Major Stephen H. Long began his second expedition in 1819 for the purpose of completing the aborted expedition of Captain Richard Sparks, determined to locate the source of the Red River. Due to receiving orders from the War Department concerning the Arkansas River also, Major Long divided his party at the headwaters of the Rocky Mountains in July of 1820. Captain John R. Bell and his men followed the Arkansas, and Major Long and his men set out to find and follow the Red River. After four days' journey, the Long party discovered a creek thought to be a tributary to the Red River. Much hardship was experienced due to food and supply shortages, and one time even a water shortage. Wild fruits and good hunting sustained the men through many tribulations. Even more so, certain members of the party, disillusioned by the hardship, stole most of the party's horses and saddlebags including the bags containing the records of the trip. The three deserters were never found, even after an extensive search. To add insult to injury, Long eventually discovered that the river he and his men had followed from the Rocky Mountains, through the present-day Texas panhandle and central Oklahoma, was not the river they had been assigned to survey. Tired and exhausted, it was discovered three days' journey out from Ft. Smith, Arkansas, that they had actually traveled down the South Canadian River. Apparently, Major Long's records reflected the same opinions that were expressed by Lewis and Clark and by Pike. Each of these explorers reached the same conclusions independent of one another. They stated that the huge, treeless plains between Missouri and the Rockies were totally worthless, and unfit for habitation by any except the Indians. The Plains of Oklahoma and the panhandle of Texas were compared to the Sahara Desert and thereby received the designation, "The Great American Desert".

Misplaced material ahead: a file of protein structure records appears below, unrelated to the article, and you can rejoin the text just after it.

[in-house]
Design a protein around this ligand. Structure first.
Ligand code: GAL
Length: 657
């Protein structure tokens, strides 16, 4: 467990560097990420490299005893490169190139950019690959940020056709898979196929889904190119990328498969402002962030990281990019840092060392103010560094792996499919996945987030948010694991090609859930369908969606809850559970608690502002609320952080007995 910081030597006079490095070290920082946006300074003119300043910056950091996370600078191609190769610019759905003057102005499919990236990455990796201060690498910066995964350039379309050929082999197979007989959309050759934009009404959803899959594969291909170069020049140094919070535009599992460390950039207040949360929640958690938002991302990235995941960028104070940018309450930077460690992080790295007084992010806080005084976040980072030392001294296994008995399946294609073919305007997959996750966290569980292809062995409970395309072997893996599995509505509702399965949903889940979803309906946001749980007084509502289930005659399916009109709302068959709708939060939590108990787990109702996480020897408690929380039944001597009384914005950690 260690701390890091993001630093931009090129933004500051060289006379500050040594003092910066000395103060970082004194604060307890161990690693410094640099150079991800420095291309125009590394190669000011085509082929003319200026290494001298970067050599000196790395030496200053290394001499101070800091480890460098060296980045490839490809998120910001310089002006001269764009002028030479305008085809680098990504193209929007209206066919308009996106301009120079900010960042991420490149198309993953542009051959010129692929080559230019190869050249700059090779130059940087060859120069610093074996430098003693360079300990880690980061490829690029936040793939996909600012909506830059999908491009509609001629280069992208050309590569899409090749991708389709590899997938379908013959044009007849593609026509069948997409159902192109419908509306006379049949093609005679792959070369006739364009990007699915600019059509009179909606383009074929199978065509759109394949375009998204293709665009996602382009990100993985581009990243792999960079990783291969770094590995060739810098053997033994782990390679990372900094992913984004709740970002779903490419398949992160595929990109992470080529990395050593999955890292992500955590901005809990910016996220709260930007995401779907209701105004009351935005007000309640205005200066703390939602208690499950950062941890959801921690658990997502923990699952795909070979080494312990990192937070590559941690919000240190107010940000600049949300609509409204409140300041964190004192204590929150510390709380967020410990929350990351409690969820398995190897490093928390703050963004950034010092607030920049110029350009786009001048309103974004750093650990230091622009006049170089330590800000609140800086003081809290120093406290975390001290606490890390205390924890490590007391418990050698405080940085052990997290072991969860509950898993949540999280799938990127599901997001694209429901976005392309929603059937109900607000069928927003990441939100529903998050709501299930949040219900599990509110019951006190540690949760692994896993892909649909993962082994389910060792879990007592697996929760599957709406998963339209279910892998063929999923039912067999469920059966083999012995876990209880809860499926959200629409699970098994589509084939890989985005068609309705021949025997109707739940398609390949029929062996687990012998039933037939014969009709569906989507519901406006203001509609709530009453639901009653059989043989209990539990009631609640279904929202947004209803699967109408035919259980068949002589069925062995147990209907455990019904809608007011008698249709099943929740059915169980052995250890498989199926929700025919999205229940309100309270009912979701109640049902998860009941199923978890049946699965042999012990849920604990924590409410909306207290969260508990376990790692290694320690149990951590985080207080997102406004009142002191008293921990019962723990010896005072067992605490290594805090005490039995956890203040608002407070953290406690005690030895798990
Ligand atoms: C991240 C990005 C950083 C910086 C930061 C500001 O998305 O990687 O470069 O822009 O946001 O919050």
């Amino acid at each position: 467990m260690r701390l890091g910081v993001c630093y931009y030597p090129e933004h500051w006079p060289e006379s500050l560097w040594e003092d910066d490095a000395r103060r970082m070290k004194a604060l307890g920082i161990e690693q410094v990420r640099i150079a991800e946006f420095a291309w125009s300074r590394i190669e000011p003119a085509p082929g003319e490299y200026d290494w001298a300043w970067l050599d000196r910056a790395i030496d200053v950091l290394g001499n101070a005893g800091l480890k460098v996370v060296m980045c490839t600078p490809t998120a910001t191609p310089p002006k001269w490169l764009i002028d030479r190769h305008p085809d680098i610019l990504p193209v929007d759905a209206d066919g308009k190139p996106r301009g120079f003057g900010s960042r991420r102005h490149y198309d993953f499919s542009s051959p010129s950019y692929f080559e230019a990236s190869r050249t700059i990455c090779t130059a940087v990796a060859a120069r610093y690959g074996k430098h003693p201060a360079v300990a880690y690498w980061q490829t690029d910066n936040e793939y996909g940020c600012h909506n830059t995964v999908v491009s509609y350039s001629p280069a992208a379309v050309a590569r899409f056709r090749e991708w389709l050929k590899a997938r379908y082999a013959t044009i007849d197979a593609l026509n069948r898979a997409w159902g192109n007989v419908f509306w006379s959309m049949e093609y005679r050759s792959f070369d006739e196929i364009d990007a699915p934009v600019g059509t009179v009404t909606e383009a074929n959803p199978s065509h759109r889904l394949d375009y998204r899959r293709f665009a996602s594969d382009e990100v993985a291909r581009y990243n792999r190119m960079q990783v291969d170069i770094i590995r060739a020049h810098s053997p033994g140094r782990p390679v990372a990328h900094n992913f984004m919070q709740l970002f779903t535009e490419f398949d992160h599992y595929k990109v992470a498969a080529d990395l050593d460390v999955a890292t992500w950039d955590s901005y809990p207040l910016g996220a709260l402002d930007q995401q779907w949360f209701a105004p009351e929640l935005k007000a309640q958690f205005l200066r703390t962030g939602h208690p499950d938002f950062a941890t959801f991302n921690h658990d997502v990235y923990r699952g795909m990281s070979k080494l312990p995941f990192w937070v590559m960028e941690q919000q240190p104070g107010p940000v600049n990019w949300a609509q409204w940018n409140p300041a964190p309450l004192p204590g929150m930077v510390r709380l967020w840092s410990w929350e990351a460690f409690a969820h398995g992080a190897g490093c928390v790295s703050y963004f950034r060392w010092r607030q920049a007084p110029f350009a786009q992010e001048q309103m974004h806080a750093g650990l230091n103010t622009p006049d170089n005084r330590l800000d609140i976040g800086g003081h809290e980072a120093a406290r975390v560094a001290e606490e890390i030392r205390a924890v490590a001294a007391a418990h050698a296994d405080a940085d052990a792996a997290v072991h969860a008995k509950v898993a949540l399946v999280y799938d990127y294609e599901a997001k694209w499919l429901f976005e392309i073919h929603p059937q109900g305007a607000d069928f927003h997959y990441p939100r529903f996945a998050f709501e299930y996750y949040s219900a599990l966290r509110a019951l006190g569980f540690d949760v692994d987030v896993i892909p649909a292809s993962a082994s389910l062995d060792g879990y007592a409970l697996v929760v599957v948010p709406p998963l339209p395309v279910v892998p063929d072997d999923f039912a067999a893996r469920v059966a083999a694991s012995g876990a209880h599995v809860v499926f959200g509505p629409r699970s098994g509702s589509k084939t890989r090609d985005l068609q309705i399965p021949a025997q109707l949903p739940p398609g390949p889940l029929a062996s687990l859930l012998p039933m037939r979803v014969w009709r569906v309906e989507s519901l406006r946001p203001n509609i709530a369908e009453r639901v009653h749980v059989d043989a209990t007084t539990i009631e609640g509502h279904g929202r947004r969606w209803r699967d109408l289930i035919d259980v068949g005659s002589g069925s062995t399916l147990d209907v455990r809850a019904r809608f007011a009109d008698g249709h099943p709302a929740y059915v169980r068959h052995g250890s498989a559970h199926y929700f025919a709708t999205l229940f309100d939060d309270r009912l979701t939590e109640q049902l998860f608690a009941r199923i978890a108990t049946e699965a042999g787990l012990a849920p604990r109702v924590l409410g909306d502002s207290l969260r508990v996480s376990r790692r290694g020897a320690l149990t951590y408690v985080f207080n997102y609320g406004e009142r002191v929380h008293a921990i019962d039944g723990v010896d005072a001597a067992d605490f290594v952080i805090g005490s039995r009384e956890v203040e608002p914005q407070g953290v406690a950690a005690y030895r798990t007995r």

Submitted by William "Bill" S. Platt
Found on page 30 of NCOHA's award winning book